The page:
Beauty's Light

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Beauty's Light
written by William Henry Davies
From "The Soul's Destroyer", 1905 Link to further information




Think not her face is patched with pink,
Or is a jumbled mess to seem,
As berries red, that neither sink
Nor swim in shallows of pale cream -
Oh, no! her face it is not white,
Nor red, nor brown, nor dark, nor fair,
Nor yellow sure, though all the light
Of gold and yellow flower meets there;
So radiant is my loved one's face
There's not one colour there to trace.

I know not where the light turns on:
Whether that wondrous ball of hair
And golden fire reflects upon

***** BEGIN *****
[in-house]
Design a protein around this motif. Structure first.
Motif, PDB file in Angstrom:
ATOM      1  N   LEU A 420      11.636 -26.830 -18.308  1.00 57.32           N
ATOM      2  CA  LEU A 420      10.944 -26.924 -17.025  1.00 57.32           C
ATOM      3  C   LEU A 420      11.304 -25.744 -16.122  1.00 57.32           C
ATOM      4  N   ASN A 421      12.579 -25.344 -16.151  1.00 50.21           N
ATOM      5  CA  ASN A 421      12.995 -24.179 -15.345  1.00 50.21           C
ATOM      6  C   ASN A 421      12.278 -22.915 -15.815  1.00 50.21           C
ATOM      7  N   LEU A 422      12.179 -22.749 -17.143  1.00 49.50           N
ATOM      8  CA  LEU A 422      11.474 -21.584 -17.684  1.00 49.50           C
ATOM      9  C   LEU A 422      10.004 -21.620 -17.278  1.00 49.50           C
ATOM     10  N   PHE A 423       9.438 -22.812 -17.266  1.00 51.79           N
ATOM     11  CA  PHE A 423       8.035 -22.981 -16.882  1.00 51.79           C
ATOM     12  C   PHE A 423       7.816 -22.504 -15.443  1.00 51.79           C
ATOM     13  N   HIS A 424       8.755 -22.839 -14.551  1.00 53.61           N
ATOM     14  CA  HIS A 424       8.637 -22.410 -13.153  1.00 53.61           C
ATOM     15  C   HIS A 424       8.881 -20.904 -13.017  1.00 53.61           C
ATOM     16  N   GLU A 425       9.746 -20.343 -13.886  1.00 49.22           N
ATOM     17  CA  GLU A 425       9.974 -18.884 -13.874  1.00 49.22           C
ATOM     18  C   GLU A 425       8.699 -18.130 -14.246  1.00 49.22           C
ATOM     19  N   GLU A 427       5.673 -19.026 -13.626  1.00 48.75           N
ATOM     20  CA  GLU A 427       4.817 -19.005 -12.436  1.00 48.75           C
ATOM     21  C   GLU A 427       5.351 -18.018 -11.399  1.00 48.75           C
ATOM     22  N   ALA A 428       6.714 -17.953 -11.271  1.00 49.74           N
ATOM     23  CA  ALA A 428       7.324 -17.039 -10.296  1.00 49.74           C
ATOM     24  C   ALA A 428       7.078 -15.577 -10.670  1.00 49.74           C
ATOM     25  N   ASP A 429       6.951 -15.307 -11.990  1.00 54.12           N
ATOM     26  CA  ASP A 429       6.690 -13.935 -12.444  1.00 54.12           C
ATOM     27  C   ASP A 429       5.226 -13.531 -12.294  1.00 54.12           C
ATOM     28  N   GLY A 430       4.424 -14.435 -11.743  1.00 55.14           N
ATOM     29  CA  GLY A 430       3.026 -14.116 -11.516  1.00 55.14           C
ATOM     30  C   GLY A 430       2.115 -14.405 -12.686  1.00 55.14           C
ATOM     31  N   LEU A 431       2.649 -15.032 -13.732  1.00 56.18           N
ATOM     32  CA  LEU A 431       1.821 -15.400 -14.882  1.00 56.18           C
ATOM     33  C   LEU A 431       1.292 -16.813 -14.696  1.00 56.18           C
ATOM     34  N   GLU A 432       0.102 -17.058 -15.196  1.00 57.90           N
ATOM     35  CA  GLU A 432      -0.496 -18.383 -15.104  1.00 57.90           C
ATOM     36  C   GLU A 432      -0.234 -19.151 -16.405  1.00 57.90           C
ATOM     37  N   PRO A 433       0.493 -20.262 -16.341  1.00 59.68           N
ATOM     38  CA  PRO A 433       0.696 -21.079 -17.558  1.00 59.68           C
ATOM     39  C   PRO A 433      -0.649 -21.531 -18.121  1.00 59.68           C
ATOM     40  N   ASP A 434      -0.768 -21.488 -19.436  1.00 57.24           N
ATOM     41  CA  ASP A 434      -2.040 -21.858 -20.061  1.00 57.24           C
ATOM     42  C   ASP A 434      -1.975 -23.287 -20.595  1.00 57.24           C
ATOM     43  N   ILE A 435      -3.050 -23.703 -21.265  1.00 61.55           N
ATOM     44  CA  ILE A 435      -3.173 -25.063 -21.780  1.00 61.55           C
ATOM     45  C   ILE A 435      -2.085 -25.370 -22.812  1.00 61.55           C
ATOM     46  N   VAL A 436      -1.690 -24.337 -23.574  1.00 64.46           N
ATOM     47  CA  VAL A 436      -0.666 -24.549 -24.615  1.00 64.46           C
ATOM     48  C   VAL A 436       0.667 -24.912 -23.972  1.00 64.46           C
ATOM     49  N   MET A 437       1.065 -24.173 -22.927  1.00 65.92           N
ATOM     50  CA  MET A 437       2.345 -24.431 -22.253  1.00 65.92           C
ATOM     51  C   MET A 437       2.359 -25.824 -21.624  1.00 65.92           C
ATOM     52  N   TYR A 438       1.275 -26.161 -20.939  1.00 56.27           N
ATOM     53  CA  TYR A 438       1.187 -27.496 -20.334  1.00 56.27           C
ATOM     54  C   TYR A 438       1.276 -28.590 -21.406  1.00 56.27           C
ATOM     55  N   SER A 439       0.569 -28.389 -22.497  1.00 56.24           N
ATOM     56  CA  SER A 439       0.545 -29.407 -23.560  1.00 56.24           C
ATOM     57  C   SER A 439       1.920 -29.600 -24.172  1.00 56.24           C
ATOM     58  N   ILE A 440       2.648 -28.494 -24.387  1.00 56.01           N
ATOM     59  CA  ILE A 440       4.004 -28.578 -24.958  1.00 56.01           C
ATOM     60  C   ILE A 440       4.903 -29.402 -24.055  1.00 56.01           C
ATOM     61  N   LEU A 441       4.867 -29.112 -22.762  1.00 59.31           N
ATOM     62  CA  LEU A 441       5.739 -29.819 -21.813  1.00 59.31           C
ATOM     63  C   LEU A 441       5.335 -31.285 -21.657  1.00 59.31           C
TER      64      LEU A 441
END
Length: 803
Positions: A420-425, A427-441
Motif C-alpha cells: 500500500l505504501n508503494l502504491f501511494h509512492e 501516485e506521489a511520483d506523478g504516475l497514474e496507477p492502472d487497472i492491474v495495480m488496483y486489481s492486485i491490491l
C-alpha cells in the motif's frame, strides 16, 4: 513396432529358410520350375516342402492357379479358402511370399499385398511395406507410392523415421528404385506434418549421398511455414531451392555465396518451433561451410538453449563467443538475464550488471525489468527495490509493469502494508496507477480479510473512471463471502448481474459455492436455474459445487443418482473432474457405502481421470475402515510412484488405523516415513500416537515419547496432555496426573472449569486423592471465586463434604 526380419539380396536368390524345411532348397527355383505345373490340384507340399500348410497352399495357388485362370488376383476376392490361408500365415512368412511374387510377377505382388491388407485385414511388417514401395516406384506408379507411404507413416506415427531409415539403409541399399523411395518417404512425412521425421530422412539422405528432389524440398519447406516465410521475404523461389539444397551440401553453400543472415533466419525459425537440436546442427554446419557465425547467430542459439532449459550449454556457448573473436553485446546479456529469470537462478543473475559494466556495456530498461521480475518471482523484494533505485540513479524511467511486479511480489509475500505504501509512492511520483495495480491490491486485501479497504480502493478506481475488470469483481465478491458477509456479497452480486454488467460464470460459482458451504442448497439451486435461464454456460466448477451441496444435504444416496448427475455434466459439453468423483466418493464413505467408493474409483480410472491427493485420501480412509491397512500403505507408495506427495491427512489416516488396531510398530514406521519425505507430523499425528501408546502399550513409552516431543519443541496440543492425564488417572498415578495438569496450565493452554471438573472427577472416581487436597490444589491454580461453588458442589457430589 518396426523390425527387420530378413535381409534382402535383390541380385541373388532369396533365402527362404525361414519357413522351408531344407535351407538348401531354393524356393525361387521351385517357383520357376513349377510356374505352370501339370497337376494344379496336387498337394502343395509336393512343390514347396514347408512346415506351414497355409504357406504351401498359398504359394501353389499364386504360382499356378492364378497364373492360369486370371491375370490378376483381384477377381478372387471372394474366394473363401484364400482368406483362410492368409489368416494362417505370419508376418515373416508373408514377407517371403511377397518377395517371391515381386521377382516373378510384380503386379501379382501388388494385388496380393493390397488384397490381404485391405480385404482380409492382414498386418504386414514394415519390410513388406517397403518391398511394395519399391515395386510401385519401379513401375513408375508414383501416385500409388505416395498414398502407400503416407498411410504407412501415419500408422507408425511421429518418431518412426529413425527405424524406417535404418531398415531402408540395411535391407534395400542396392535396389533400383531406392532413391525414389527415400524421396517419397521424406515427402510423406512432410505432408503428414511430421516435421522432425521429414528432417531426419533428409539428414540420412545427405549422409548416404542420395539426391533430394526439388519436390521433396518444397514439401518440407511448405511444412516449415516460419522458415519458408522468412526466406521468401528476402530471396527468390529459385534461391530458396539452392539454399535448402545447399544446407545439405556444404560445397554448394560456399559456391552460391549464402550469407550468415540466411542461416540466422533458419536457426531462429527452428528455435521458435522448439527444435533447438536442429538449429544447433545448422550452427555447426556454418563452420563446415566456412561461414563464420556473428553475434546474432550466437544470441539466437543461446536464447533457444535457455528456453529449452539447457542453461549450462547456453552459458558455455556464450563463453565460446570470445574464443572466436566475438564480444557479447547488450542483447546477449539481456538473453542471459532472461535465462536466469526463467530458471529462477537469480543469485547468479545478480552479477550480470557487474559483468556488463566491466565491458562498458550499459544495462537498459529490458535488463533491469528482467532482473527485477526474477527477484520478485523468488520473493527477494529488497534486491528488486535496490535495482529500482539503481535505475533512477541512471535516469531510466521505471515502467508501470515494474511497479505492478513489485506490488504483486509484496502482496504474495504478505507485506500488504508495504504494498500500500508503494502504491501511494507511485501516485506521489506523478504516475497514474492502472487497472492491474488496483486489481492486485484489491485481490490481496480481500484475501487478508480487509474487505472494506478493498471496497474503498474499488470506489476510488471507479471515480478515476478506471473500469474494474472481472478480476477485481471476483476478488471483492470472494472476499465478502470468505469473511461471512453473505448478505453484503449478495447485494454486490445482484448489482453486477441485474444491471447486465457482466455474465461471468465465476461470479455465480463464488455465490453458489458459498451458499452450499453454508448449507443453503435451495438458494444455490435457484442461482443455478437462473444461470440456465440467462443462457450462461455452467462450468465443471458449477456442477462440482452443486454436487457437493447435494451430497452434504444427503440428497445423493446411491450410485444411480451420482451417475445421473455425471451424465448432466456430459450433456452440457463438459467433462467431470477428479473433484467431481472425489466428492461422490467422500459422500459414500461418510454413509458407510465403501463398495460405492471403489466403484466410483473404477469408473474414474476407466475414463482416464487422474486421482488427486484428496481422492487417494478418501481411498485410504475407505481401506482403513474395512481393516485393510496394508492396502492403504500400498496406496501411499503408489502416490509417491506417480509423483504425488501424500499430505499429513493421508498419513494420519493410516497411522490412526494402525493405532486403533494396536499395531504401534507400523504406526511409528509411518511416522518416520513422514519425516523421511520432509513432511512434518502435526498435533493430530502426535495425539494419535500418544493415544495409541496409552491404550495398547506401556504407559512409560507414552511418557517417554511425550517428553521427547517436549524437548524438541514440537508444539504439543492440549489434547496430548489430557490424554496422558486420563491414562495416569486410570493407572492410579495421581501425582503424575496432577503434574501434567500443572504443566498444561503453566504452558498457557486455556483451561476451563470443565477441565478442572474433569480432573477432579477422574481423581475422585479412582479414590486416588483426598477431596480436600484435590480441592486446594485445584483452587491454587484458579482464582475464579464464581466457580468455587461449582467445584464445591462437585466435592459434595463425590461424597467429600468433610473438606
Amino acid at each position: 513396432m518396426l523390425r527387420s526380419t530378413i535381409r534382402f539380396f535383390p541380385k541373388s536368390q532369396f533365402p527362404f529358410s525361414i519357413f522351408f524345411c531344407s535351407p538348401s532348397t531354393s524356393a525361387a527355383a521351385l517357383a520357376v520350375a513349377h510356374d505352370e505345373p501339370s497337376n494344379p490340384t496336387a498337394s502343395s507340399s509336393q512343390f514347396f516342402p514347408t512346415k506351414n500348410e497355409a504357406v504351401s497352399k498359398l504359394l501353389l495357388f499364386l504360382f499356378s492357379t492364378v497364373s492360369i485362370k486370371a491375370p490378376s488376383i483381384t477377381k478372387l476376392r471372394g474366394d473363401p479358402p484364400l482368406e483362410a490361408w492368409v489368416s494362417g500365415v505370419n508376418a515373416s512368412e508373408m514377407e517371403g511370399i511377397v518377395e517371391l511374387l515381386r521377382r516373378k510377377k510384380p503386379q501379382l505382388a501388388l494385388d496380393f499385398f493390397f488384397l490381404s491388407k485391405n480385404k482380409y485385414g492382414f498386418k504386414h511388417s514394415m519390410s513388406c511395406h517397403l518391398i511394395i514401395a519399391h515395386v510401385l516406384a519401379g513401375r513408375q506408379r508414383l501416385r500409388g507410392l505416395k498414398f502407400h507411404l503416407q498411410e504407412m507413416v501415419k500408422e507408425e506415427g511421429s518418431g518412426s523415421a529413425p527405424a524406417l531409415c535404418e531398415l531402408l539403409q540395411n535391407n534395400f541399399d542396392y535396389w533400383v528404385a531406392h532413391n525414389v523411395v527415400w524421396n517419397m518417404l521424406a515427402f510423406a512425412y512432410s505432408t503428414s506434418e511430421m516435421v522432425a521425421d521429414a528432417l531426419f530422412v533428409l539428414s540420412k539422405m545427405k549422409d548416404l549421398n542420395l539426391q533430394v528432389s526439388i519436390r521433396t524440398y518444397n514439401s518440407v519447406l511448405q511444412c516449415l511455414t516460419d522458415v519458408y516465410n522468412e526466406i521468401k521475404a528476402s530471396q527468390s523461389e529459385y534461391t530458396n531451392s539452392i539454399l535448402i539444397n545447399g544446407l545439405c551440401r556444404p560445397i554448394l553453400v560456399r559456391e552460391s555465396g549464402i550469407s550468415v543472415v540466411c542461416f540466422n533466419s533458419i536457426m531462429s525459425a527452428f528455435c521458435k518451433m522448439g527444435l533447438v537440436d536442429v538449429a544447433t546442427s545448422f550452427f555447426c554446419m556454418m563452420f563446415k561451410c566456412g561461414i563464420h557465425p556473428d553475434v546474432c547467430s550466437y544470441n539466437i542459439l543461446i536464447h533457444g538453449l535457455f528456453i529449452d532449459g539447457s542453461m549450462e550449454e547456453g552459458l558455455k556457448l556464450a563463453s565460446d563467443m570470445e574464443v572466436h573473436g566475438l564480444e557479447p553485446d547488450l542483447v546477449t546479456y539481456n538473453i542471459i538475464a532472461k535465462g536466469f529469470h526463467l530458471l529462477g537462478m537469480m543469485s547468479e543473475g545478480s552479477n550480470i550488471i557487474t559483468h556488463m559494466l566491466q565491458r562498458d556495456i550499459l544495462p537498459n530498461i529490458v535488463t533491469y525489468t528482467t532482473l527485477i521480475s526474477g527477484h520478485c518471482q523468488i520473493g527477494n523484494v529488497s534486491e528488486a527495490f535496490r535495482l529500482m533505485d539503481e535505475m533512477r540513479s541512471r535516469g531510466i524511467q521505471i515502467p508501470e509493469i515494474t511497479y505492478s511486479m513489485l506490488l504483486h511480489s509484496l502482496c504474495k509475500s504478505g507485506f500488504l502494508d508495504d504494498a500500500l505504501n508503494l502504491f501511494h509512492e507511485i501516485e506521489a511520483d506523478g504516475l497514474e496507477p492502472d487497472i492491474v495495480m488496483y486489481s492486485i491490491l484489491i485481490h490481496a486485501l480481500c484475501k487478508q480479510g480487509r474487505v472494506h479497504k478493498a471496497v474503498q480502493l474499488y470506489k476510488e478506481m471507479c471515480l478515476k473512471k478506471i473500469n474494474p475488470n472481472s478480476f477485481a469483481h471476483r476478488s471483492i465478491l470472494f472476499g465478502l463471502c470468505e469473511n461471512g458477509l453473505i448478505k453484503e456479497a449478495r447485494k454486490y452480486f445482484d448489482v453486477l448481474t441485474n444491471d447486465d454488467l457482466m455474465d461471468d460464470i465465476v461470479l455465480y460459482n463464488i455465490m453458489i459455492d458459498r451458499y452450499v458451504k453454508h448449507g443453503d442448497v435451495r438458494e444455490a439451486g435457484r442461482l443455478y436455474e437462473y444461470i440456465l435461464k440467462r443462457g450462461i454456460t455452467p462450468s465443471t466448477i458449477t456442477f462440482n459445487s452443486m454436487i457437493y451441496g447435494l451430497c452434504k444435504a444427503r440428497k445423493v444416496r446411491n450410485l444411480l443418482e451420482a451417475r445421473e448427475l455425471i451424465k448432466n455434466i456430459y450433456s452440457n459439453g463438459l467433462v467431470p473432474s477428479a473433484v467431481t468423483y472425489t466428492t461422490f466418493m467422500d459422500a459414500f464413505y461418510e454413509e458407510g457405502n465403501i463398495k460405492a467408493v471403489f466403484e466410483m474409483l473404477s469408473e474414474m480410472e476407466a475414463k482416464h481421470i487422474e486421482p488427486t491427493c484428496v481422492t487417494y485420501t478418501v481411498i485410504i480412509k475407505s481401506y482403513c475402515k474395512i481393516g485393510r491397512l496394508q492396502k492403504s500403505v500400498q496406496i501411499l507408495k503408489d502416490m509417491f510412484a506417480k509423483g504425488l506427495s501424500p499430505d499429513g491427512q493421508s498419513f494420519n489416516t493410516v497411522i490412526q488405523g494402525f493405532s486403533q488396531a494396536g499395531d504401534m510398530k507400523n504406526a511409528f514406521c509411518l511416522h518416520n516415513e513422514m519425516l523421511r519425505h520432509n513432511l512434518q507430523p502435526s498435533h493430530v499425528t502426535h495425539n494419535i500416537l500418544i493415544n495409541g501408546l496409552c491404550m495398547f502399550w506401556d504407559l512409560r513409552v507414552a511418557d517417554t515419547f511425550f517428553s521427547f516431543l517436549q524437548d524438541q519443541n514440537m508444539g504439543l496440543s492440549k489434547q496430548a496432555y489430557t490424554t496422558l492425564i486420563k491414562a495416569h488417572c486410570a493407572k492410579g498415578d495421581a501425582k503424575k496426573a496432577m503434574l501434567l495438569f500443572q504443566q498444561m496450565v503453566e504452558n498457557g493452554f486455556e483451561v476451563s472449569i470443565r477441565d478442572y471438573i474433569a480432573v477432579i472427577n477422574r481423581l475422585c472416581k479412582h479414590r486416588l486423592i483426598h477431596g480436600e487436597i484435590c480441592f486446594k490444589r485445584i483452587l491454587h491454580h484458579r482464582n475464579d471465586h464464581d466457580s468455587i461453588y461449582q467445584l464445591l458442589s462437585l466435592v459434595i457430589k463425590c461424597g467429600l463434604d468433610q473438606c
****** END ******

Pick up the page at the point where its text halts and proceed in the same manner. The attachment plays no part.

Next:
Her cheeks, creating sunbeams there,
I cannot tell; but it is sweet
Back of that column white as snow
To let my fingers link and meet
Under her hair falls, and to know
Her mine; where it feels warm; a nest
Just emptied by the birds at rest.

A thousand sunbeams on each cheek
Are crowding eager to o'erleap
Her blue eyes' fence rails, where they seek
To drown themselves in pools so deep;
And leapt them seems that many have,
Yet, strange to say, not one could drown,
But may be seen afloat the wave,
Bobbing their bodies up and down;
And not a beam that leapt the fence
Lost its soul's light in consequence.


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